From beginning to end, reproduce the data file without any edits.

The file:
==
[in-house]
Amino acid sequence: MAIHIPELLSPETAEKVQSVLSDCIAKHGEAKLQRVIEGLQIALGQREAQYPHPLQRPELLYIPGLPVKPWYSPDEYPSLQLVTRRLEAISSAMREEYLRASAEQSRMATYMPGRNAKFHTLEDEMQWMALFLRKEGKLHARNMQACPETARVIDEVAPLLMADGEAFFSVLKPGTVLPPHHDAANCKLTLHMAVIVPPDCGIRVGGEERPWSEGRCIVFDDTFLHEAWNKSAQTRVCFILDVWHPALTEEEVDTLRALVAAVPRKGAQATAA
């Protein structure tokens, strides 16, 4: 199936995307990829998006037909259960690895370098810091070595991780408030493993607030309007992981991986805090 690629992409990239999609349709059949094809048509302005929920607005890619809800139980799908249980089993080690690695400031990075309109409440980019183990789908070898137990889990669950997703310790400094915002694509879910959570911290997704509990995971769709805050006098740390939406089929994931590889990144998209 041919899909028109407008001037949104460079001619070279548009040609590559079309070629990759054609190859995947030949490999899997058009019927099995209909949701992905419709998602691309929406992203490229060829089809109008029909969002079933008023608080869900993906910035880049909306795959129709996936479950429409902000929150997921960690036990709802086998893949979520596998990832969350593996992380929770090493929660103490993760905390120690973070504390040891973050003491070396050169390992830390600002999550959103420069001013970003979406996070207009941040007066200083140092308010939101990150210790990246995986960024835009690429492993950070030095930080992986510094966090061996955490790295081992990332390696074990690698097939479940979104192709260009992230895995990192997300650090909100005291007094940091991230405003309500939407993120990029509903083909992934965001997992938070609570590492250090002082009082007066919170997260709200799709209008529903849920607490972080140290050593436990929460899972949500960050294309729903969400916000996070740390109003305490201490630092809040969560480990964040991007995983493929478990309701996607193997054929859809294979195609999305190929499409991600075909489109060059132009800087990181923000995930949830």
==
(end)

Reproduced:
[in-house]
Amino acid sequence: MAIHIPELLSPETAEKVQSVLSDCIAKHGEAKLQRVIEGLQIALGQREAQYPHPLQRPELLYIPGLPVKPWYSPDEYPSLQLVTRRLEAISSAMREEYLRASAEQSRMATYMPGRNAKFHTLEDEMQWMALFLRKEGKLHARNMQACPETARVIDEVAPLLMADGEAFFSVLKPGTVLPPHHDAANCKLTLHMAVIVPPDCGIRVGGEERPWSEGRCIVFDDTFLHEAWNKSAQTRVCFILDVWHPALTEEEVDTLRALVAAVPRKGAQATAA
């Protein structure tokens, strides 16, 4: 199936995307990829998006037909259960690895370098810091070595991780408030493993607030309007992981991986805090 690629992409990239999609349709059949094809048509302005929920607005890619809800139980799908249980089993080690690695400031990075309109409440980019183990789908070898137990889990669950997703310790400094915002694509879910959570911290997704509990995971769709805050006098740390939406089929994931590889990144998209 041919899909028109407008001037949104460079001619070279548009040609590559079309070629990759054609190859995947030949490999899997058009019927099995209909949701992905419709998602691309929406992203490229060829089809109008029909969002079933008023608080869900993906910035880049909306795959129709996936479950429409902000929150997921960690036990709802086998893949979520596998990832969350593996992380929770090493929660103490993760905390120690973070504390040891973050003491070396050169390992830390600002999550959103420069001013970003979406996070207009941040007066200083140092308010939101990150210790990246995986960024835009690429492993950070030095930080992986510094966090061996955490790295081992990332390696074990690698097939479940979104192709260009992230895995990192997300650090909100005291007094940091991230405003309500939407993120990029509903083909992934965001997992938070609570590492250090002082009082007066919170997260709200799709209008529903849920607490972080140290050593436990929460899972949500960050294309729903969400916000996070740390109003305490201490630092809040969560480990964040991007995983493929478990309701996607193997054929859809294979195609999305190929499409991600075909489109060059132009800087990181923000995930949830």